Trying to select the right air filter for your Tempe home can be a daunting experience. What’s the best one? Should you just get the cheapest? These are just a few of the questions that make the selection mind-boggling. Let Bob Brown Service Experts attempt to resolve your home air filter questions and allow you to continue enjoying the comfort of your home without concern.
Here’s an easy way to tell how efficient your current filter is (NOTE: Do this outdoors or with something below the filter so you don’t end up with a mess): Hold the filter horizontally, then taking standard table salt, begin to pour the salt through the filter to see the quantity that comes out the other side. If some or all the salt falls through the filter, then you can imagine that the filter will let dust particles of similar size pass through. You should probably upgrade your filter to something more efficient.
There are 3 primary considerations when choosing a household air filter; Size, Material and MERV rating.
1) Filter Size
Unless you have the proper size home air filter, you will never enjoy the full effectiveness your system and filter can provide. Simply look at the label of your existing filter to see the dimensions, or just measure it yourself. Typically home air filters are 1” thick, but there are a variety of standard width and height dimensions, and some systems have thicker filters.
2) Material & MERV Rating
MERV ratings are the efficiencies of the filter on a scale of 16. MERV stands for Minimum Efficiency Reporting Value. This number identifies for the user, under the least efficient conditions, how well the filter is designed to capture contaminants.
As a basic example, these are some usual MERV ratings and how they correspond to efficiencies. This is only a guide, so don’t forget to read the filter manufacturers’ information when purchasing specific filters.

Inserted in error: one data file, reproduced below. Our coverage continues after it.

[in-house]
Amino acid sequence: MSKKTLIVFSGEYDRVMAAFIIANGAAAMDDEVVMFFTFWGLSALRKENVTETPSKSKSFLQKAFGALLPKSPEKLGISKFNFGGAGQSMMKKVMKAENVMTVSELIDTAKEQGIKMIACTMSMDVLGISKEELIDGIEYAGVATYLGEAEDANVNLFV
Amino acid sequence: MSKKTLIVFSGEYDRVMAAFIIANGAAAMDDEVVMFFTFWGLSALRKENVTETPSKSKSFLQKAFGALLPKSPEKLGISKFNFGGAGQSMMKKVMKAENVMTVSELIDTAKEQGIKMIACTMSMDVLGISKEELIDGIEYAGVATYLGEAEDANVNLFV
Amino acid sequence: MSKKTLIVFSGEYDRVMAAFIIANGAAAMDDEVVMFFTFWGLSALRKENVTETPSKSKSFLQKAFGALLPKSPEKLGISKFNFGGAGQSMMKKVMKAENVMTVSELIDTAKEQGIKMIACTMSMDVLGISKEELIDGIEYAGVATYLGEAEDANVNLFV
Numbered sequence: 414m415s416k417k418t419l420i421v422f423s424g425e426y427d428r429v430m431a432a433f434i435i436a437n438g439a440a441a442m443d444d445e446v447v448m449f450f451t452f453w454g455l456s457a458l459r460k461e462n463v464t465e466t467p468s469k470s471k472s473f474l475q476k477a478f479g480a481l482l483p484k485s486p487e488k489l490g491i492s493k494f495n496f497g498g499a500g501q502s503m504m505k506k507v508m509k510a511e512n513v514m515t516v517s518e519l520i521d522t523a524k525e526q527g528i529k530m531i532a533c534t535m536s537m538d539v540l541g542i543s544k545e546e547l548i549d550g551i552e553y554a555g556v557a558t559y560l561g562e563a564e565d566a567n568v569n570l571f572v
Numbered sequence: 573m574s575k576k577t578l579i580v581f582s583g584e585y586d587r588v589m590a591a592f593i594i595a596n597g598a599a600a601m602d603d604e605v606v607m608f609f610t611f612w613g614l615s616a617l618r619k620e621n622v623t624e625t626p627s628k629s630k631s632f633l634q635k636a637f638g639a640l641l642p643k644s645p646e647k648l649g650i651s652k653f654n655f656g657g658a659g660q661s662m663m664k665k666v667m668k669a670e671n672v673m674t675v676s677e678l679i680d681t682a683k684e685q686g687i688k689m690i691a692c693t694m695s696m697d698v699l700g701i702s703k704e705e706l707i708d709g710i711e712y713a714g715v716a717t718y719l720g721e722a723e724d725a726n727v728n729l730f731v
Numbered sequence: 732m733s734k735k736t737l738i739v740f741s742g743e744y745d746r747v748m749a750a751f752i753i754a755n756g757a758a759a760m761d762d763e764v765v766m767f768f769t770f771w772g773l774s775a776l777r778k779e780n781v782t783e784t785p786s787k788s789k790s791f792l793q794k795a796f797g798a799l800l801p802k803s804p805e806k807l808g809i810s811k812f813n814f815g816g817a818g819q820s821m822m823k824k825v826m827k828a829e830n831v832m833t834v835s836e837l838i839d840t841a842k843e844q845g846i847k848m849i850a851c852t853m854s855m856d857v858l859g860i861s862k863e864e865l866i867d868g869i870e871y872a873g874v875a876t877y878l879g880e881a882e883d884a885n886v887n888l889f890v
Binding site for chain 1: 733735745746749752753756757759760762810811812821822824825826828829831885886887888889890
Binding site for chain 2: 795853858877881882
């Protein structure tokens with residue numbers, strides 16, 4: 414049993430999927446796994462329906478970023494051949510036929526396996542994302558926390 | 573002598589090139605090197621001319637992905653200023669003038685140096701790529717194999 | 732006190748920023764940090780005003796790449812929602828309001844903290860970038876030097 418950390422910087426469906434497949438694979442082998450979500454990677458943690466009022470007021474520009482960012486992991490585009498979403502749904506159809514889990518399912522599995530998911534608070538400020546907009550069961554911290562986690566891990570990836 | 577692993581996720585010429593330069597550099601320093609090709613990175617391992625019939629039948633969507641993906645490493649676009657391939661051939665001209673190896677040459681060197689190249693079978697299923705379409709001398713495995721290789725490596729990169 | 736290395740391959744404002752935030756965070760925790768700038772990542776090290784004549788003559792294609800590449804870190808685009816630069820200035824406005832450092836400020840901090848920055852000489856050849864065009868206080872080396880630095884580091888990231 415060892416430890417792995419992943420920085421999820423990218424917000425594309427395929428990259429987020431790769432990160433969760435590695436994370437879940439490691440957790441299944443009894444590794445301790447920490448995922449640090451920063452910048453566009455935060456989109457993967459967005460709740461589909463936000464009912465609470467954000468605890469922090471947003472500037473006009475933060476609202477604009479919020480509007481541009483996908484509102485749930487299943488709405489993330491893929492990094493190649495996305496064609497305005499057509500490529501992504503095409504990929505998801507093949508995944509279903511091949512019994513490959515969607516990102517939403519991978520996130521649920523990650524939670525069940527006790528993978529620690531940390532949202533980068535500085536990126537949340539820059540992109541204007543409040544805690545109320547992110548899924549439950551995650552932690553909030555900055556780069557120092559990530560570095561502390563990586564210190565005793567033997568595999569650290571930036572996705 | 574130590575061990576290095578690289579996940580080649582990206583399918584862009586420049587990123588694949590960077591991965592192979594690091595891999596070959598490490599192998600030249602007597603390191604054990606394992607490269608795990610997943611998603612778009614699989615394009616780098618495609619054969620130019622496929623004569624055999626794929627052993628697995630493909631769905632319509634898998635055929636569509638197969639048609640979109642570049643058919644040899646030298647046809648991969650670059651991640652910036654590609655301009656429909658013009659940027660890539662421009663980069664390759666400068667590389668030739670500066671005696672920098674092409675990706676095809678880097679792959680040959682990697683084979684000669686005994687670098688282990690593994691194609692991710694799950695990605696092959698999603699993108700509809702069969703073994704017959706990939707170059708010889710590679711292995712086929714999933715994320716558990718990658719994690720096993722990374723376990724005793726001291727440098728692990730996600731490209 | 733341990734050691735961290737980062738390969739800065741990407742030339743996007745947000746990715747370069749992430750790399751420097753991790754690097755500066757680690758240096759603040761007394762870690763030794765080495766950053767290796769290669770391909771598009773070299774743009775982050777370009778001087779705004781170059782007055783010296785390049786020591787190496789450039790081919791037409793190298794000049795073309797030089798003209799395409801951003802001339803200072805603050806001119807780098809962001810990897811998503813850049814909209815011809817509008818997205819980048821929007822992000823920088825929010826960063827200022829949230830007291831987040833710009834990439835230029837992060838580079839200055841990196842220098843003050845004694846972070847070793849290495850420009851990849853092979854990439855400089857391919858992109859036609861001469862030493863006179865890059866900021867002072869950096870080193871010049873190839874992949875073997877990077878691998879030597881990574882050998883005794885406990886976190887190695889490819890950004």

Rating Average Filtration Efficiency
MERV 1-4 60-80%
Fiberglass, Disposable Panel, Washable metal/synthetic, self-charging (Passive)
MERV 5-8 80-95%
Pleated, Media panel, Cube
MERV 9-12 >95%
MERV 13-16 >98%
Be Careful About High MERV Ratings
While a higher MERV number may provide better filtration efficiency, it is very important to understand that too high a MERV filter may also cost you more to operate your heating and air conditioning system. The higher the MERV, the less the air may flow through the system, and the harder the system may need to work. Your objective should be to get the right balance between air flow, air filtration level and energy efficiency.
Consider it this way, the most efficient ‘filter’ would probably be a piece of plywood that prevents ALL contaminants and all the air from coming inside your Tempe home. That's definitely the “best” air filtration, but would also be the least comfortable way to go.
The default choice for most systems would be a MERV 6-8. A higher MERV filter should be used based upon the advice of your Bob Brown Service Experts representative to verify your system has the capability of moving the suitable volume of air through higher efficiency filters. You probably do not want to give up energy-efficiency for filter efficiency; you want a balance of the two. However, if your family suffers from allergies or respiratory problems and the situation necessitates a high MERV rated air filter, consider a whole-home air filtration solution that will satisfy your energy and filter efficiency needs.
Filtration has changed considerably over the past few years. Initially, home air filters were used in the furnace or air handler only to shelter the comfort equipment itself. But (in the words of Bob Dylan) the times they are a changing. Tempe area homeowners expect their air filter to save loved ones from a a growing list of harmful pollutants, dust mites, and even prevent the need for dusting. Dare to dream!